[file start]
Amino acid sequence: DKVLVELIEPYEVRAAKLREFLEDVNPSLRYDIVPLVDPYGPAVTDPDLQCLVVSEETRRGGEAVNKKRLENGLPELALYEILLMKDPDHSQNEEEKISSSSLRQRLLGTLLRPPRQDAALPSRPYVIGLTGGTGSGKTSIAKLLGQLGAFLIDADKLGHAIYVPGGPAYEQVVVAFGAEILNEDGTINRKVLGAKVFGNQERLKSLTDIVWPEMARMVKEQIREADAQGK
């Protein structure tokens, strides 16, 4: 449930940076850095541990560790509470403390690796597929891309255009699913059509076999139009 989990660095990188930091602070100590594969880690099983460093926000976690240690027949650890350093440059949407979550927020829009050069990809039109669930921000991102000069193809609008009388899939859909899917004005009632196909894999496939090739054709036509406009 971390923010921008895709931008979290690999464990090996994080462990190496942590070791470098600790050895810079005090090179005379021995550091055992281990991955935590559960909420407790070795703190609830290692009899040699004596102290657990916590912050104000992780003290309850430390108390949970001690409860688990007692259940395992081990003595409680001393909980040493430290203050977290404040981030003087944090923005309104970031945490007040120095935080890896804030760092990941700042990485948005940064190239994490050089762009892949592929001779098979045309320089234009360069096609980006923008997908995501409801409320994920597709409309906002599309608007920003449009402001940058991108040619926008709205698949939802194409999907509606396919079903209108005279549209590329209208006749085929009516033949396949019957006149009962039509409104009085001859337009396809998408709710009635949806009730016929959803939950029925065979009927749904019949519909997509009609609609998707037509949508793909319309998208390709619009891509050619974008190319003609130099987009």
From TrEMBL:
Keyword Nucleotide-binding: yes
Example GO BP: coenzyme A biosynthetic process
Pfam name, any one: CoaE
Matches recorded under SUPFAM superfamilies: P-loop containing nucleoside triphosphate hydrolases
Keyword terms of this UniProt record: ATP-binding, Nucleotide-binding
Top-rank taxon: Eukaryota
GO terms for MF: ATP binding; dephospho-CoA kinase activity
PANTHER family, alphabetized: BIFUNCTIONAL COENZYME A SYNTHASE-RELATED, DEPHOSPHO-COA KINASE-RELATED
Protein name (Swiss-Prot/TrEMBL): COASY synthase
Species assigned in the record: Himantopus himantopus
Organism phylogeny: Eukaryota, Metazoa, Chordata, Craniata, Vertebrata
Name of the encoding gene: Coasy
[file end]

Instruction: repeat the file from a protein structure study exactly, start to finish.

Amino acid sequence: DKVLVELIEPYEVRAAKLREFLEDVNPSLRYDIVPLVDPYGPAVTDPDLQCLVVSEETRRGGEAVNKKRLENGLPELALYEILLMKDPDHSQNEEEKISSSSLRQRLLGTLLRPPRQDAALPSRPYVIGLTGGTGSGKTSIAKLLGQLGAFLIDADKLGHAIYVPGGPAYEQVVVAFGAEILNEDGTINRKVLGAKVFGNQERLKSLTDIVWPEMARMVKEQIREADAQGK
């Protein structure tokens, strides 16, 4: 449930940076850095541990560790509470403390690796597929891309255009699913059509076999139009 989990660095990188930091602070100590594969880690099983460093926000976690240690027949650890350093440059949407979550927020829009050069990809039109669930921000991102000069193809609008009388899939859909899917004005009632196909894999496939090739054709036509406009 971390923010921008895709931008979290690999464990090996994080462990190496942590070791470098600790050895810079005090090179005379021995550091055992281990991955935590559960909420407790070795703190609830290692009899040699004596102290657990916590912050104000992780003290309850430390108390949970001690409860688990007692259940395992081990003595409680001393909980040493430290203050977290404040981030003087944090923005309104970031945490007040120095935080890896804030760092990941700042990485948005940064190239994490050089762009892949592929001779098979045309320089234009360069096609980006923008997908995501409801409320994920597709409309906002599309608007920003449009402001940058991108040619926008709205698949939802194409999907509606396919079903209108005279549209590329209208006749085929009516033949396949019957006149009962039509409104009085001859337009396809998408709710009635949806009730016929959803939950029925065979009927749904019949519909997509009609609609998707037509949508793909319309998208390709619009891509050619974008190319003609130099987009």
From TrEMBL:
Keyword Nucleotide-binding: yes
Example GO BP: coenzyme A biosynthetic process
Pfam name, any one: CoaE
Matches recorded under SUPFAM superfamilies: P-loop containing nucleoside triphosphate hydrolases
Keyword terms of this UniProt record: ATP-binding, Nucleotide-binding
Top-rank taxon: Eukaryota
GO terms for MF: ATP binding; dephospho-CoA kinase activity
PANTHER family, alphabetized: BIFUNCTIONAL COENZYME A SYNTHASE-RELATED, DEPHOSPHO-COA KINASE-RELATED
Protein name (Swiss-Prot/TrEMBL): COASY synthase
Species assigned in the record: Himantopus himantopus
Organism phylogeny: Eukaryota, Metazoa, Chordata, Craniata, Vertebrata
Name of the encoding gene: Coasy